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Richmond Housing Authority’s Practices Under Scrutiny, ‘That Is Not Transparency’

RRHA Office
(Photo: Yasmine Jumaa/VPM)

Richmond residents and some council members are raising concerns about more than $50 million in public housing revenue bonds that were fast-tracked without enough public input. At the October 14th meeting, Richmond City Council approved an expedited resolution to allocate up to $16 million in public housing revenue bonds to a private developer. This is the third time since September that Council bypassed regular procedure to quickly advance bond measures for the Richmond Redevelopment and Housing Authority. 

Fifth District City Councilmember Parker Agelasto expressed concern over RRHA’s lack of public notice and engagement.

“I don’t see where the public interest is being served,” Agelasto said. “City Council, by voting to expedite consideration, has not notified any member of the public of the paper — except to anybody that may be listening to my voice right now. That is not transparency.”

Agelasto also criticized RRHA’s method of advertising its public hearings for being inaccessible to those most-affected. 

"We’re talking about bond issuances to support low-income residents … you could easily put this in the Richmond Free Press,” Agelasto said. “There’s nothing preventing you from putting your public notices in a paper that is free and accessible to people who want to be informed, but may not want to go and spend $1.50 to get a newspaper from the Richmond Times Dispatch."

During last month’s meeting, two other expedited bond resolutions were approved. However, the agency failed to provide an accurate summary of the public comments and concerns — until last night’s meeting.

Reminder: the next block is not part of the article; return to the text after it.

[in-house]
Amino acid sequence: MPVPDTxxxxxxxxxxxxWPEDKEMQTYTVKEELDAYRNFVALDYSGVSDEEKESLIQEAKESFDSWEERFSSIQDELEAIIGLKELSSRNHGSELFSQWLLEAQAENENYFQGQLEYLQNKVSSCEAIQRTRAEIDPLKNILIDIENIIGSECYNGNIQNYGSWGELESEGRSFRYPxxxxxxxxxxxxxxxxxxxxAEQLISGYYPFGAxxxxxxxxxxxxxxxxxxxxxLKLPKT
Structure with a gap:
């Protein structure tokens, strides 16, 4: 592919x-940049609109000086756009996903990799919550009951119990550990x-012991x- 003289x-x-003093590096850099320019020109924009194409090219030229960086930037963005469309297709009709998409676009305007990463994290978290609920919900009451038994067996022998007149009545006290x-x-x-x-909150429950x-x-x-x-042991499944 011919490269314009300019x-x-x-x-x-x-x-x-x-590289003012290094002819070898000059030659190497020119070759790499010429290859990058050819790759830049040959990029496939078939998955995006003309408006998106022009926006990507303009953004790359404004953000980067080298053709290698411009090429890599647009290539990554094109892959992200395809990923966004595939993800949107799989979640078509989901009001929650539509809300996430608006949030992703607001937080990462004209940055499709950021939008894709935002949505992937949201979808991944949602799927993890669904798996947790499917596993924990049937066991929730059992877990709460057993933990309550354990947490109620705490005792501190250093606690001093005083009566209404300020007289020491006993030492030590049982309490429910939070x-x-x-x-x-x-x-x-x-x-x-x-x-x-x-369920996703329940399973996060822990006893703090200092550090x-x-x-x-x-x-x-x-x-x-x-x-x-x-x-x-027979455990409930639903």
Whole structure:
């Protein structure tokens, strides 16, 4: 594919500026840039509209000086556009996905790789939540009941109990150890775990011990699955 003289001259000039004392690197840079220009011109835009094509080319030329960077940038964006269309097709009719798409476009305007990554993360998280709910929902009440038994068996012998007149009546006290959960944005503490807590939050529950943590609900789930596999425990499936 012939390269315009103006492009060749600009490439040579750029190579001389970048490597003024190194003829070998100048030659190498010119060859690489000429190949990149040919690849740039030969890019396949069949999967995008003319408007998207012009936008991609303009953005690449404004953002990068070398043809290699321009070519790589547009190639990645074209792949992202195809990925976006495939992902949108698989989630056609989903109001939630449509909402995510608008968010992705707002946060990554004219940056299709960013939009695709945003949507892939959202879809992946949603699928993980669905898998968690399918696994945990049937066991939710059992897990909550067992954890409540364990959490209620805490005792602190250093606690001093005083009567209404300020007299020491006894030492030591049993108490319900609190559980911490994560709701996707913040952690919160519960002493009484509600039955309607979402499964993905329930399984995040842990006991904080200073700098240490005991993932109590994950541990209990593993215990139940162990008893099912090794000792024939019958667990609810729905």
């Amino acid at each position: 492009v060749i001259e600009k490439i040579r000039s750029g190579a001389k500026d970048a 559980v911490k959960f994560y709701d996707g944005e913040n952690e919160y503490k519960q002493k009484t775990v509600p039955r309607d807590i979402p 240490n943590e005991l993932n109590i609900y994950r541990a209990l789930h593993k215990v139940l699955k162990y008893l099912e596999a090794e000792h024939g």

“One gentleman spoke in opposition to those papers, and so I did a disservice to you and to him in not accurately summarizing that for you,” said Michael Graff, a partner at McGuireWoods and the housing agency’s bond counsel. 

The public comments came from Omari Al-Qadaffi, a housing organizer with the Legal Aid Justice Center, during the agency’s September Board of Commissioners meeting. Al-Qadaffi’s concerns included the need for RRHA to focus on serving its very low-income residents — as opposed to individuals who make 50 percent or less of the area’s median income, or about $30,000 annually for an individual. 

“The availability of affordable housing outside of public housing for the majority of RRHA’s tenants is less than it was last year,” wrote Al-Qadaffi in comments shared with VPM. “Rents are rising. Housing instability is rising. Now is not the time to be lessening commitment to RRHA residents.”

RRHA’s September Board meeting was controversial. The agency’s new Director of Public Safety Brian Swann guarded the doors, denying public housing residents and members of the public access. 

At this week’s City Council meeting, 3rd District Councilmember Chris Hilbert echoed Al-Qadaffi’s concerns — and questioned if the proposed renovations would benefit current residents of public housing. 

“That’s not necessarily your public housing audience here,’” Hilbert said. “We would love that for some mixed income properties, but that doesn’t seem to be the thrust of these two properties.” 

The funds approved at this week’s meeting will be used to renovate a 125-unit rental community on Hospital Street, just blocks away from Gilpin Court. The Shockoe Hill I apartments will ultimately serve some current residents of the soon to be demolished Fay Towers. 

RRHA has also been criticized for failing to update meetings on its website. Last Friday, the only meeting listed for this month was an October 14th Property Management & Assisted Housing Meeting. On Monday, the website showed three other meetings: an October 14th Real Estate and Community Development Committee Meeting, and the October 16th Board of Commissioners and Finance meetings. Wednesday’s Board of Commissioners meeting has also changed locations. It will take place at 5:30 pm at the Calhoun Center in Gilpin Court.


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